It was on Friday, 13 April 1934 that the foreign press was full of news about MAE WEST's latest troubles in Hollywood.
• • In Brisbane, Australia, headlines in The Courier-Mail read: "Armoured Car for Actress — Mae West Worried by Threats."
• • Here's the article from page 15: Continued threats by mail and telephone have resulted in Miss Mae West, the film star, calling tenders for the construction of an armoured motor car. Amongst the tenders she received were £900 extra for a car made proof against bullets up to .45 calibre, and £1500 extra for a machine-gun proof car with a tempered steel body and gun-proof glass.
• • She was so upset today at further threats, following her recent prosecution of jewel thieves, that she was obliged to call off work on her new picture. She is constantly attended by the chief detective of the "gangster squad" and his second in command.
• • The officers suspect that the threats emanate from Chicago, where Harry Voiler, one of three men charged with the theft of Miss West's jewels, has secured 13 adjournments and a petition for his extradition to Los Angeles for trial. [Some coverage in the foreign press was datelined from Hollywood, California, Wednesday, 11 April 1934.]
• • On Friday afternoon, 13 April 2012 • •
• • On Friday the 13th Tira takes the spotlight — — as the adventurous lion lady portrayed by an actress born under the sign of Leo.
• • Written by and starring Mae West, "I'm No Angel"  will be screened today. TCM explains their choice like this: In one of the most successful films of her career, Mae West shines as a sideshow performer who falls for playboy Cary Grant. Costume designer Travis Banton provides West with the perfect wardrobe to capitalize on her sex symbol status.
• • WHEN: on Friday, 13 April 2012 at 12:30 pm
• • WHERE: The Chinese 6 Theatres: 6801 Hollywood Blvd., Hollywood, CA 90028. [Featuring architectural inspiration from the original Grauman’s Chinese Theatre, the Chinese 6 Theatres were built in 2001.]
• • This year's TCM Classic Film Festival runs from 12 April — 15 April 2012.
• • Tell them you heard about it on the Mae West Blog.
• • On Friday, 13 April 1934 in Film Weekly • •
• • It was on the issue dated for Friday, 13 April 1934 that Mae West appeared on the cover of Film Weekly (Vol. 11) in the United Kingdom.
• • On Friday, 13 April 1934 in The Hollywood Reporter • •
• • Headlines in The Hollywood Reporter read: "Mae West Orders Bullet-Proof Car."
• • Here's the article: When a gangster threatens Mae West, she believes him. So, in addition to having a couple of bodyguards since she testified against the man who stole her jewels, she has now ordered an armored car to protect the precious lives of herself and Manager Timony. The armor-plated limousine will cost $13,500, of which $7000 goes for the safety element. Non-breakable glass and shields to protect the tires will be used, and not even machine gun bullets will be able to crash their way in.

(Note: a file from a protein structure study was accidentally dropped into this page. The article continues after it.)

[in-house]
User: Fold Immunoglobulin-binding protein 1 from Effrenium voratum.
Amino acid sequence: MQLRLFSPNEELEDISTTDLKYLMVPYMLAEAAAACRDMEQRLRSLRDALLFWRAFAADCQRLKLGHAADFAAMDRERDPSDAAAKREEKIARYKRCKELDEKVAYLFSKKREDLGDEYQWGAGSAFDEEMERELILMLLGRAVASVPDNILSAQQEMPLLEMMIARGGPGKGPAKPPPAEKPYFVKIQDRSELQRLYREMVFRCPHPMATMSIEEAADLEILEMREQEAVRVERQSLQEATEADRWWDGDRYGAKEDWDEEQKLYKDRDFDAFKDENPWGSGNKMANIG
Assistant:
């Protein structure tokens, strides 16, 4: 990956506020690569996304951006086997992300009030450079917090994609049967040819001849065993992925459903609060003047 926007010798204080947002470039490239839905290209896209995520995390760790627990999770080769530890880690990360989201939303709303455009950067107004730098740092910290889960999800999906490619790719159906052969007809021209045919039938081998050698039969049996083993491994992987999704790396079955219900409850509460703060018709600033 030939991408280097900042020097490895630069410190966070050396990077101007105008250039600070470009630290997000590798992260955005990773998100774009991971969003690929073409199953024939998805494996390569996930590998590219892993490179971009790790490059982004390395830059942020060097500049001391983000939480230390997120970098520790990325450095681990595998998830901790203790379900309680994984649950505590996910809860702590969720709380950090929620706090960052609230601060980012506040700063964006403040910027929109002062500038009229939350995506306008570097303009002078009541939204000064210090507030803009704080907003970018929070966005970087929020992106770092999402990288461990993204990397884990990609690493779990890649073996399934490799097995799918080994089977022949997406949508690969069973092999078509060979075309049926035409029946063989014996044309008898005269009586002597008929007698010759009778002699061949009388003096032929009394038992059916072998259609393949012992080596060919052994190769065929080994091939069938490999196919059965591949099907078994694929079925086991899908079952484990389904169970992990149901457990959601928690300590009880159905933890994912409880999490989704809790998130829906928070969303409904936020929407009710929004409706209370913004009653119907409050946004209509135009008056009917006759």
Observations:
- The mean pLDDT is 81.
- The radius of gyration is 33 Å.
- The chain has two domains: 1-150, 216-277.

• • On Friday, 13 April 2012 in Dallas • •
• • The opening reception is this evening at 9:00 PM for the exhibition by Zoe Crosher: "Mae Wested."
• • Zoe Crosher explains her latest exhibit in the Program: the artist reimagines and intervenes in the generous personal photographic archive of Michelle duBois, a call girl who traveled extensively in the Pacific Rim during the 1970s and 1980s. Michelle duBois often liked to dress in elaborate costume for the camera, and one of her favorite personas was famed 1930s actress Mae West. For this exhibit at Dallas Contemporary, Crosher's Mae Wested series will introduce three elements investigating this obsession. Large-scale black and white images of duBois attending an event dressed as Mae West will accompany a series of glamorous staged images which activate the gallery as duBois' various characterizations of West gaze at one another across the room. Imaginative screenplay haikus written by Jason Underhill, which collapse the Japanese and Western fantasies of Mae West, the Marlboro Man, and Michelle duBois, will also punctuate the gallery. There is no charge to attend.
• • WHERE: Dallas Contemporary, 161 Glass Street, Dallas, TX.
• • In Her Own Words • •
• • Mae West said: "Keep a diary and one day it'll keep you."
• • Mae West said: “Beware of these eyes. … I'm the devil in disguise.” [sung in “I'm No Angel”]
• • Mae West said: “Take all you can get… and give as little as possible.” [movie dialogue from “I'm No Angel”]
• • Quote, Unquote • •
• • An article on bombshells mentioned Mae West.
• • Bauer and Capitano wrote: Little did the advertising people behind Jean Harlow's 1933 film Bombshell know their words would be ageless when they called her the "blond bombshell of filmdom." Harlow ushered in a new category of sexy starlet: Usually buxom, often blond, and frequently full-figured. Others — — like Mae West — — and, to a degree, Harlow, established a genre of sexual, defiant characters.
• • Bauer and Capitano wrote: Examples: Mae West, Jean Harlow, Fay Wray, Joan Blondell, Marlene Dietrich, Greta Garbo. . . .
• • Source: Article: "The Evolution of Sex Symbols" written by David C. L. Bauer and Laura Capitano for The Florida Times-Union; published on 13 April 2008• • By the Numbers • •
• • The Mae West Blog was started seven years ago in July 2004. You are reading the 2269th blog post. Unlike many blogs, which draw upon reprinted content from a newspaper or a magazine and/ or summaries, links, or photos, the mainstay of this blog is its fresh material focused on the life and career of Mae West, herself an American original.• • Come up and see Mae every day online: http://MaeWest.blogspot.com/
Mae West• • Photo: • • Mae West • • with Ralf Harolde in 1933 • •• • Feed — — http://feeds2.feedburner.com/MaeWest